In the en banc decision of Suon v. California Dairies/Ins. Co. of the West/Hartford/Starr Indem. & Liab. Ins. Co., ADJ9013590, ADJ9014316, ADJ9489408 (FRE), Oct. 23, 2018, 83 CCC 1803, Decision After Removal (en banc), the Board addresses the following questions:
- Timeliness and content requirements for provision of “information” to QMEs;
- What constitutes ex parte “communication” with QMEs; and
- Consequences for §4062.3 violations.
Applicant, a machine operator, filed three claims of injury: a cumulative trauma (CT) injury to the heart and circulatory system through January 5, 2010 (ADJ9489408); a specific injury to the right shoulder, feet, legs, stress and sleep on February 28, 2012 (ADJ9013590); and a CT through June 27, 2013 to the right shoulder, neck, head, feet, legs, sleep, psyche and heart (ADJ9014316).
All three cases were consolidated and the 2013 cumulative claim was designated as the master file. Defendant (ICW) was also joined as a party defendant to the 2010 cumulative claim over its objection.
Dr. Robert Weber acted as the internal medicine QME and evaluated applicant on August 3, 2015. Dr. Weber’s report found as follows:
“Given his well-documented, multiple, major risk factors for coronary heart disease and absent any history that Mr. Suon provided with respect to potential contributing factors of a work-related nature, such as having experienced frequent and chronic emotional stress, it is my opinion based upon reasonable medical probability that causation of Mr. Suon’s coronary artery disease and small myocardial infarction of September 2009 was nonindustrial.”
Dr. Weber’s deposition was taken on February 10, 2016. During the deposition, Dr. Weber agreed to review a psychiatric QME report regarding stressful activities or events at work.
Dr. Rohindra Paul acted as the psychiatric QME for the 2012 specific claim. Applicant was evaluated on January 26, 2016 and February 24, 2016. Dr. Paul issued report dated March 16, 2016. On April 19, 2016, Defendant (The Hartford), sent a letter to the internal QME Dr. Weber enclosing a copy of Dr. Paul’s March 16, 2016 report. The letter stated, in pertinent part:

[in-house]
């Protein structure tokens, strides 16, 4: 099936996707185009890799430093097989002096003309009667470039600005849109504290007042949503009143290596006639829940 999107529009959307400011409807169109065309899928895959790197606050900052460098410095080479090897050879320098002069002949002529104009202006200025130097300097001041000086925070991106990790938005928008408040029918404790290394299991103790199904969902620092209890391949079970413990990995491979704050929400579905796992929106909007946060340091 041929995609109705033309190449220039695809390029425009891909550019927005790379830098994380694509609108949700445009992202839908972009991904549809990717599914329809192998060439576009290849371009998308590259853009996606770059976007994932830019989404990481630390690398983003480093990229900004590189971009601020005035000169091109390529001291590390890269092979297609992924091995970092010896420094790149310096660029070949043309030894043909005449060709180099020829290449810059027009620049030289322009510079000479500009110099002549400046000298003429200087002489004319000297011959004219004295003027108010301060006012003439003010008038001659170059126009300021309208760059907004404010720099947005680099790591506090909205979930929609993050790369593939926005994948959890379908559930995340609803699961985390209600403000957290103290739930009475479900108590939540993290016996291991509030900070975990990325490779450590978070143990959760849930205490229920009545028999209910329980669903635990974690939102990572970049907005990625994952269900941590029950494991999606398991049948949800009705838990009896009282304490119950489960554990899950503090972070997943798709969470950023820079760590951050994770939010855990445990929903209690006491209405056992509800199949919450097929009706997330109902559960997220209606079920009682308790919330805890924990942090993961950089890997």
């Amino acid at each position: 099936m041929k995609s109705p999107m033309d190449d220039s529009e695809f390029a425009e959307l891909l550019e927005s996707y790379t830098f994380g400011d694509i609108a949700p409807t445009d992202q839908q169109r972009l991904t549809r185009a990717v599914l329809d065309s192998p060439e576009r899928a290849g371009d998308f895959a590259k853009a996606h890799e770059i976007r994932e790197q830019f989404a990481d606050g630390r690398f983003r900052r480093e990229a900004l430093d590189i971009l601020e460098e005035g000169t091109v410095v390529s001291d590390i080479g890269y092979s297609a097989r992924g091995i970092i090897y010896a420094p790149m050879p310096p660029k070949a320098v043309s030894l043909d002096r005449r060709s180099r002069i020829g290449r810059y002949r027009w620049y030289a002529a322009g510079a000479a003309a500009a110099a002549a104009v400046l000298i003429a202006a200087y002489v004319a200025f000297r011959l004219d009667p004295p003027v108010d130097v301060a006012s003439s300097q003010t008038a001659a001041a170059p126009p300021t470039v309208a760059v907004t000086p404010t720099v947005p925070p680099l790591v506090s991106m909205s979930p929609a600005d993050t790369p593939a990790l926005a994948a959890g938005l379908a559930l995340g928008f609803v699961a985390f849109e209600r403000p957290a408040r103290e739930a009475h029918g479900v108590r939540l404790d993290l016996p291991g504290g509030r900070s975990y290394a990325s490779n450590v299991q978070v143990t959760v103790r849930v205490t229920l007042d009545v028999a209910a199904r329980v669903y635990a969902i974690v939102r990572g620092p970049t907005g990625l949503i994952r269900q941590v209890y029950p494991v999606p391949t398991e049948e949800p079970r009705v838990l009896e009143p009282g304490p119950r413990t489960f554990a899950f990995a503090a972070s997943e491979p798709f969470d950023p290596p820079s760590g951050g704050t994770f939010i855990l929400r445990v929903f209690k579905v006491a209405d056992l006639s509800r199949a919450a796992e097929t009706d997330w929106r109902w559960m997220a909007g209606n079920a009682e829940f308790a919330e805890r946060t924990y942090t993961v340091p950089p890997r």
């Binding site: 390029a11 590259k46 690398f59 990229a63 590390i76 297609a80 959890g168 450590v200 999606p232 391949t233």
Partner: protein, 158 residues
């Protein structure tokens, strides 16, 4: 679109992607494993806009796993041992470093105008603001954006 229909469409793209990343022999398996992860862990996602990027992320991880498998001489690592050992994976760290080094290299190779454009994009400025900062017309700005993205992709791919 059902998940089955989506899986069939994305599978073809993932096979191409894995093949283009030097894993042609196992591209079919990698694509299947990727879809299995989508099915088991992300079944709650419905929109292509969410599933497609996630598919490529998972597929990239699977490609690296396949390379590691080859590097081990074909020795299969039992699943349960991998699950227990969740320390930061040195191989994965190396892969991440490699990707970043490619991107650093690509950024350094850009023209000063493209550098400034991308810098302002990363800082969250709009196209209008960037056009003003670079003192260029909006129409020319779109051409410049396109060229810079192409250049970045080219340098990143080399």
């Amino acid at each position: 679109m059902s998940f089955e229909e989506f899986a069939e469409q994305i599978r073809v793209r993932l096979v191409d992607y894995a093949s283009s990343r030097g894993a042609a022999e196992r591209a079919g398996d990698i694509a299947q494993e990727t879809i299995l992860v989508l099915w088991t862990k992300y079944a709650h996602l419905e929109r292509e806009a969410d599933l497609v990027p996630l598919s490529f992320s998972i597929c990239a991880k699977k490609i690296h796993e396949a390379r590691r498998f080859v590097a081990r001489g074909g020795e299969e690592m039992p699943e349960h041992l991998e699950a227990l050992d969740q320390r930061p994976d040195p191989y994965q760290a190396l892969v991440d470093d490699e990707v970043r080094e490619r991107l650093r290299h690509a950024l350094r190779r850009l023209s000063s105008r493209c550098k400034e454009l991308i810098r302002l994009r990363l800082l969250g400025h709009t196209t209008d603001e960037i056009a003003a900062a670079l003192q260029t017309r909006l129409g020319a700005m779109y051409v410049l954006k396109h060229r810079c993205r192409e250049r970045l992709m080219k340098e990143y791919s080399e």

In your recent deposition, you requested the opportunity to review applicant’s psych QME reporting in order to finalize your opinion as to causation. Enclosed, please find the March 16, 2016 report of Psychiatric Qualified Medical Examiner Dr. Robindra Paul.
Please review Dr. Paul’s report and issue a supplemental report as to how your opinion may have changed, if at all.
The correspondence listed applicant’s attorney as one of the copied parties, but only stated his name without his address and without proof of service.
On April 20, 2016, the WCJ ordered an additional QME panel in psychiatry for the 2010 cumulative claim. Defendant (ICW) petitioned for removal of the order for additional panel. The WCJ issued order vacating the order for additional panel and indicated that the matter would be set for Status Conference.
On August 31, 2016, Dr. Weber issued report reflecting receipt and review of Dr. Paul’s March 16, 2016 report. Dr. Weber’s opinion regarding causation remained “as expressed” in his previous report.
Applicant’s attorney sent two letters (September 20, 2016 and October 4, 2016) to Defendant (The Hartford) indicating that he was not provided with a copy of supplemental report request to Dr. Weber. The matter was set for trial on January 4, 2018 on the issues of: